Being too busy to develop new
working practices is a problem that affects smaller businesses
in particular. Using staff and time resources more effectively
requires an initial investment of the staff and time resources
you haven't got. Its a "Catch 22" situation.
The extent to which smaller businesses
(SMEs, in the jargon - small and medium-sized enterprises) are
adopting flexible work has been examined in the study SMEs
and Flexible Working Arrangements. The report forms a
companion volume to another work published by the Joseph
Rowntree Foundation on
Practices, which looks primarily at large organisations.
The study found that flexible working
arrangements, practised informally, are far more common in small
organisations than is often thought. In many cases,
organisations who said initially that they did not have flexible
working arrangements revealed that they did allow some
individuals to work flexibly when site interviews took place.
The researchers divide types of employer into 3
groups in terms of their adoption of flexible work: holistic,
selective, and resistant - in other words, those who go for it,
those who do a bit, and those who don't.
Some differences in the workforce profiles are
note in the different types of organisation. Those with a
holistic approach tend to have a majority of female workers,
while those which are resistant have a majority of "prime age"
(25-40) or younger male employees. These alpha males also
tended to be high earners, and their households, where they were
not single, were less likely to be heavily reliant on two
incomes. Married women in holistic organisations, on the other
hand, tended to be on lower or middle incomes and were
contributing a higher proportion of household income.
Drivers for flexibility in
The main drivers for providing flexibility
- employee requests
- personal experiences of employers and
senior managers (but not particularly linked to one gender)
- external or published evidence of
improved profits from staff retention and productivity gains
- face-to-face recommendations through
workshops or seminars.
These are pretty much the same kind of drivers
as are found in larger organisations - though one would expect
that the first two points would be of greater significance in
organisations where there is not the time or the managerial/HR
resource to research and attend workshops.
It is worth reflecting on the category "SME",
which covers organisations of up to 500 employees. Excluding
sole traders (who can of course determine their own working
arrangements), this sector accounts for 48% of employees in the
UK. But there is a big difference in the task of managing
employees as an organisation grows. With 10 or 20 employees, ad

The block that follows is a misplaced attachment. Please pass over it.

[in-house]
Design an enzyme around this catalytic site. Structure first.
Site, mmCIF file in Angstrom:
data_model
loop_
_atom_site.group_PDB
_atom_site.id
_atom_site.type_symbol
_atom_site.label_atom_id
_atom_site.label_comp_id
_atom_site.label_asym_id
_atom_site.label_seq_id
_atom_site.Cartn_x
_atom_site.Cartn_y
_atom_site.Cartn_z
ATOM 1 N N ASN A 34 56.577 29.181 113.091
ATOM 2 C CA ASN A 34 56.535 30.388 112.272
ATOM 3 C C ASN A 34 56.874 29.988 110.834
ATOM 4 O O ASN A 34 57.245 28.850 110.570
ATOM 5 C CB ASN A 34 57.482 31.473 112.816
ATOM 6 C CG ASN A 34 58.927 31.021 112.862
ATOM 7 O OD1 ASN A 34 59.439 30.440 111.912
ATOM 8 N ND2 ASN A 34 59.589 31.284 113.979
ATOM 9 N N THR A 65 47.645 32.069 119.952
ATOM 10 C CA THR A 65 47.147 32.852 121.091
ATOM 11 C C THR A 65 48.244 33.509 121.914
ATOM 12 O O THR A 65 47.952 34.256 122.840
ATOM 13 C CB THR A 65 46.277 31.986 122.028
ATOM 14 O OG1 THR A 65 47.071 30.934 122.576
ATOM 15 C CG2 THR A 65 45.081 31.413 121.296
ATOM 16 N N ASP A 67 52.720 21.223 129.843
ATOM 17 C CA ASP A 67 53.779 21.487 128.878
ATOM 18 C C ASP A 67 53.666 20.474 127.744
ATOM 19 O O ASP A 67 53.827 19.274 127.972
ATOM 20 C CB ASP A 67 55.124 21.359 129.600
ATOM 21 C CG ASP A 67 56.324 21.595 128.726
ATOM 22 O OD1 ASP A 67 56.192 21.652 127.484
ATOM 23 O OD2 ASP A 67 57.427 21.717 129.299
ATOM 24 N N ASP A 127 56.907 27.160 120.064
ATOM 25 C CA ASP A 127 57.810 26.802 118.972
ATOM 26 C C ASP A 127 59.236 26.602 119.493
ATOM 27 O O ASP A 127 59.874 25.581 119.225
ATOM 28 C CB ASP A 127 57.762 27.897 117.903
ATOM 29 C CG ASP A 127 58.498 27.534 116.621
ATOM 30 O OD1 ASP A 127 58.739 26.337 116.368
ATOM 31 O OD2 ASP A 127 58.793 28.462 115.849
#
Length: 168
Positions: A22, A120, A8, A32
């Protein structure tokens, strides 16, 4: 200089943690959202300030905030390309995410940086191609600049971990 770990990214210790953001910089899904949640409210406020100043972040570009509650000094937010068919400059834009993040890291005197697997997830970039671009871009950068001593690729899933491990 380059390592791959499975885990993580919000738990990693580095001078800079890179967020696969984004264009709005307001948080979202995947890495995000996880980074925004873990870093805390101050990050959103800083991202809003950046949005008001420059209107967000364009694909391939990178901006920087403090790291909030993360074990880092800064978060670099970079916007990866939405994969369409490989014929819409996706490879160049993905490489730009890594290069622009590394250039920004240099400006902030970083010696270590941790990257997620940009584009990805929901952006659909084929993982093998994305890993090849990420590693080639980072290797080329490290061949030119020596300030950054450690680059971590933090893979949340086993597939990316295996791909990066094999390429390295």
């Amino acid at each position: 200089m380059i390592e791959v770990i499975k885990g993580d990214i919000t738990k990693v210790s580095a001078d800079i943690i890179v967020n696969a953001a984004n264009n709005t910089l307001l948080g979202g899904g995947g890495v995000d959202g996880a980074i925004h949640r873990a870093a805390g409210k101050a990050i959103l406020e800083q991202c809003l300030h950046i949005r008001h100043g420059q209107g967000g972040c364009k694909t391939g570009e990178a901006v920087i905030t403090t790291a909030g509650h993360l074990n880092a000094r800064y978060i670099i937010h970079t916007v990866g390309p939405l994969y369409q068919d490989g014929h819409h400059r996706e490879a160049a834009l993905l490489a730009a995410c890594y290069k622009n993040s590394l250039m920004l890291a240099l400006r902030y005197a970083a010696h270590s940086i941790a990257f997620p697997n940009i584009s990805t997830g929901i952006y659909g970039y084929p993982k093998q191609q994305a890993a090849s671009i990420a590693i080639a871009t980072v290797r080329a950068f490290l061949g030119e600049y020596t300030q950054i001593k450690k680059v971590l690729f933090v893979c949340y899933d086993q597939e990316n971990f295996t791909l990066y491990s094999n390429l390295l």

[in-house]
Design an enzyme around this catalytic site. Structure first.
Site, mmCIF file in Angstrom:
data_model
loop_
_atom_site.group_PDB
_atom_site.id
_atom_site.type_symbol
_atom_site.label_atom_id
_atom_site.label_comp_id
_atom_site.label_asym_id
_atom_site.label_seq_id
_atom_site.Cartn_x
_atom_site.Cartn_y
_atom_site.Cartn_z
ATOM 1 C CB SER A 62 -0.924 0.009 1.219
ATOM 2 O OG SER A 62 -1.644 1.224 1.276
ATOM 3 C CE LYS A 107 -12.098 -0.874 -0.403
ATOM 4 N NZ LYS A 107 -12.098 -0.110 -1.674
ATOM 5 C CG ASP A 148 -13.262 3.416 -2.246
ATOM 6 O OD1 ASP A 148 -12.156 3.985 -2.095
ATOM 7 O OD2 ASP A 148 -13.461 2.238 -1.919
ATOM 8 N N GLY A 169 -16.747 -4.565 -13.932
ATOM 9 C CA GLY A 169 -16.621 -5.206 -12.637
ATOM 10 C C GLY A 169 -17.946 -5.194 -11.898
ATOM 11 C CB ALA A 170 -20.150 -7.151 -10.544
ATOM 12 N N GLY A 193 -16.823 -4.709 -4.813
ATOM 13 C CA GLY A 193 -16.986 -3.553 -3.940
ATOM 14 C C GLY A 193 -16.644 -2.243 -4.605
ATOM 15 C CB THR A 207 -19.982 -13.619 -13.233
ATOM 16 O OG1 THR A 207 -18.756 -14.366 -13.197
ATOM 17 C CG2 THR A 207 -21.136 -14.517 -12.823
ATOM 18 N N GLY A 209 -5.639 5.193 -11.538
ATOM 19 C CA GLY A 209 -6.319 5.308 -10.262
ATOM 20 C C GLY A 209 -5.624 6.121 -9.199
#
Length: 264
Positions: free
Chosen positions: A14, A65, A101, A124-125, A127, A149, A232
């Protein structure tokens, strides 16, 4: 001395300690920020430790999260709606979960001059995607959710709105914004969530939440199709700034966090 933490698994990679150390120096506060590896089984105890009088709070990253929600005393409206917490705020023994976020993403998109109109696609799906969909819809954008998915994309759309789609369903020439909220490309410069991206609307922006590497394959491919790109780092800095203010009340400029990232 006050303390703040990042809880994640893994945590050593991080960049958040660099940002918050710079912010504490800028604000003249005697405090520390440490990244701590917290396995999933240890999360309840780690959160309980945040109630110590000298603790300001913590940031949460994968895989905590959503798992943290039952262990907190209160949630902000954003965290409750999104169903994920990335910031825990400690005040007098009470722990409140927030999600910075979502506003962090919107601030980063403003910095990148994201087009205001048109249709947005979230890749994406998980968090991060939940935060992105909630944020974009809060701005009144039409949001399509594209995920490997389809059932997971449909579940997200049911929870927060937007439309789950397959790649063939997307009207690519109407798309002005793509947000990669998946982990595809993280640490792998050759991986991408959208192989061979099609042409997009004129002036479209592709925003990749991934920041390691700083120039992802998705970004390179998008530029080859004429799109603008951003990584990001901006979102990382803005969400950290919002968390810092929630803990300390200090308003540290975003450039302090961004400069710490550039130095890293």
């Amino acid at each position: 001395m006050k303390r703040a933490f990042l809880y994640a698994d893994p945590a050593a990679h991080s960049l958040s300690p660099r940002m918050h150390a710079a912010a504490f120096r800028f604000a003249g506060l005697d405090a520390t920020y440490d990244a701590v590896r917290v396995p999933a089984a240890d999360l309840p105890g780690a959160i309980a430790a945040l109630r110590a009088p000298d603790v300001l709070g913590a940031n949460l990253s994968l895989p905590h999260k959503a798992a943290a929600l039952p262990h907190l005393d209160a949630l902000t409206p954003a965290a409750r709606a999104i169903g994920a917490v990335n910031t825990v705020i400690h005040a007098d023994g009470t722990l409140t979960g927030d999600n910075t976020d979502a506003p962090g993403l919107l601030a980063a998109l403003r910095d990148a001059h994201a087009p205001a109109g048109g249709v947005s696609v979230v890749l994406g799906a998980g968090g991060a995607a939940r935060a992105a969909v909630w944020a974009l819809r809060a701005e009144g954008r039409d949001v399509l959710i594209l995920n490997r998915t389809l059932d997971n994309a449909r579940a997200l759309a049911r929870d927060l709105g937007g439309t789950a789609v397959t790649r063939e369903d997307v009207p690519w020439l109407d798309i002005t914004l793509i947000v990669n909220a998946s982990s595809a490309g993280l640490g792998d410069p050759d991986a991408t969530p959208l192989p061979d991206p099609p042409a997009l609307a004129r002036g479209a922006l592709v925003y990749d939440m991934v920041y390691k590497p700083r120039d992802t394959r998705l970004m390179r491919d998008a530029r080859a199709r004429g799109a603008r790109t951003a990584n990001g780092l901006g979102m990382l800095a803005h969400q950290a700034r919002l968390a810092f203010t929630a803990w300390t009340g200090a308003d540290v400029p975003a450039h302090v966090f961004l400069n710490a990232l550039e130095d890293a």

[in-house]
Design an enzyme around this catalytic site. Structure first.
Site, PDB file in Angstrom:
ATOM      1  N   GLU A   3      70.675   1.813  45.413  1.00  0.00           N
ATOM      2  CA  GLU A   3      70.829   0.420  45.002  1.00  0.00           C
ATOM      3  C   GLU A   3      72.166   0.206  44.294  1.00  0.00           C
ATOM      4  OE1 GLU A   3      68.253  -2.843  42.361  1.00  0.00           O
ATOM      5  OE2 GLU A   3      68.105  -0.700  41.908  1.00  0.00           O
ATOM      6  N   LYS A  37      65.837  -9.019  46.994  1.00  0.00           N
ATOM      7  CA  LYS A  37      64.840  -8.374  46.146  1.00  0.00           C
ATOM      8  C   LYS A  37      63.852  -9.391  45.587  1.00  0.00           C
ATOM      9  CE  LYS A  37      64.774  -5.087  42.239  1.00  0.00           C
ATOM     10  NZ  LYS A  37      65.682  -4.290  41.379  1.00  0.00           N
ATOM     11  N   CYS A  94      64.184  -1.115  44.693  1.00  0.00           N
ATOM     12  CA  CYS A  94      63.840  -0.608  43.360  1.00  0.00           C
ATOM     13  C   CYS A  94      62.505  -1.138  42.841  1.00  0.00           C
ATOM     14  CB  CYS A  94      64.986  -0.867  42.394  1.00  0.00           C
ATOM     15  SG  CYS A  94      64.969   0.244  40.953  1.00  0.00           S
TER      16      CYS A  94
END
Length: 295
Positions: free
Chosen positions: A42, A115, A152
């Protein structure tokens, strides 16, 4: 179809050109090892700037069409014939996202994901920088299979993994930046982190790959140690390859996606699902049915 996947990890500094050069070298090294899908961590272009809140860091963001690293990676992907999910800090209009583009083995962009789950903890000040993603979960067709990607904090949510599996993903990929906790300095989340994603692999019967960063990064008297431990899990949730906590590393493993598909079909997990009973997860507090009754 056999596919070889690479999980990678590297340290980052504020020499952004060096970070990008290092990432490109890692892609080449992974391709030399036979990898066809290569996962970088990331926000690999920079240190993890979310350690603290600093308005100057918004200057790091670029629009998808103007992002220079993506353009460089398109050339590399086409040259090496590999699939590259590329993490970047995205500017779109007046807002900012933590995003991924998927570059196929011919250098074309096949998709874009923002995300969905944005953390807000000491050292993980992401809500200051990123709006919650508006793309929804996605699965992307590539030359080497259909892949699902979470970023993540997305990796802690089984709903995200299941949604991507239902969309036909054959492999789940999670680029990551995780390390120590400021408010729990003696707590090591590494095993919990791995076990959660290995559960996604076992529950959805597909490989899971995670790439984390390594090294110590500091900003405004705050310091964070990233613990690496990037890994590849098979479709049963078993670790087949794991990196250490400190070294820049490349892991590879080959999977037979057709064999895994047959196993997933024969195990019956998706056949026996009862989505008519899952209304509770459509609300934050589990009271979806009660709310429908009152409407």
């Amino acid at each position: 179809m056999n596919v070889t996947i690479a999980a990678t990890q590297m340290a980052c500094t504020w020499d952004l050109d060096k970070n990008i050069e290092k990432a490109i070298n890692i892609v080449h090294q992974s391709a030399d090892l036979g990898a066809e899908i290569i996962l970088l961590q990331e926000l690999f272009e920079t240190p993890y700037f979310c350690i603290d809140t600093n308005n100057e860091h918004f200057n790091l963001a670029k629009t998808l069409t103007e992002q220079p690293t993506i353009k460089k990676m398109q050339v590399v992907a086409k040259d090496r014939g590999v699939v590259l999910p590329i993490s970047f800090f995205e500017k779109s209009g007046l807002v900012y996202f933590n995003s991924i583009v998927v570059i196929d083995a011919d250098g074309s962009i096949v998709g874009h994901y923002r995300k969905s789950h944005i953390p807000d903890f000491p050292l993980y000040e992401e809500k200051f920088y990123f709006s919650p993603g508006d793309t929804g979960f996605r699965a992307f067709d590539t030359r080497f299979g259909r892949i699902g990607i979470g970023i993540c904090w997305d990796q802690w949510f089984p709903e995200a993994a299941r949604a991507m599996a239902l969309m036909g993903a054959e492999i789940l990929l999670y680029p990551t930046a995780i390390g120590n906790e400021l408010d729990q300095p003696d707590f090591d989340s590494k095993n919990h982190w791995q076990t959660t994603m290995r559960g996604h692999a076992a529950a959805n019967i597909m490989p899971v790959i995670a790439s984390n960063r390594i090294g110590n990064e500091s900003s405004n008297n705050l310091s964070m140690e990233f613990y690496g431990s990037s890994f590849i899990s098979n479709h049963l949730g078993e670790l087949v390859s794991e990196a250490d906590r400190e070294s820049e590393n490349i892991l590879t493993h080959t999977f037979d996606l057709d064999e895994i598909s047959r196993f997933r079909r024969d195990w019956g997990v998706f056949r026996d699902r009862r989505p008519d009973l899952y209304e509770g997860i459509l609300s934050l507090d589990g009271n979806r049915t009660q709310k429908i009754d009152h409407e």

hoc and informal arrangements may be fine; but at 50 or more
there are good reasons to become more formal with policies. And
an employer is by then also more likely to be in need of a
dedicated HR resource, and be more willing to invest in systems
to manage and track disparate working patterns.
Barriers to flexible work
The employers questioned expressed a number of
fears about introducing flexible work, including:
- the additional work and red-tape which
came from changes in the law
- the loss of clients
- employee productivity falling
- their inability to substitute for
certain skills if certain employees were absent
- management finding it difficult to
manage or administer the flexibility.
Concern was also felt that the government, in
introducing new workers rights (e.g. to parental leave, etc)
failed to understand the concerns of small business. There was,
however, no evidence from the companies where flexible working
had been introduced that they had added to managers' workloads
in the longer term.
To overcome these barriers, organisations need:
- a change of mind set
- management systems based on trust
- being open to different ways of
organising work and to using new technology
- better communication between employers,
or between managers and employees.
The study highlights the idea that employers
should have a right to present a "business case" to their
employer for having flexible work arrangements. The government
is currently looking a right for parents to have a request for
flexible working considered by their employer.
In our view this kind of request-driven process
is only part of the story. It puts a considerable burden of
informed awareness on the employee both of the practicable
options and the business priorities of the employer.
Equally important is that owners and managers in
SMEs should have a high awareness of the business benefits of
the various forms of flexible working. These are not currently
being mediated successfully by the small business support
agencies, despite a few examples of good practice. These kind of
agencies tend only to reach a minority of their target group,
and their advisors may not have the range of necessary skills to
give effective advice on flexible working.
This is an area where the government and local
agencies could be doing more to support smaller organisations in
developing effective policies and practices - in particular by
helping them with the time and resource investment needed to
change the way people work, and to develop coherent and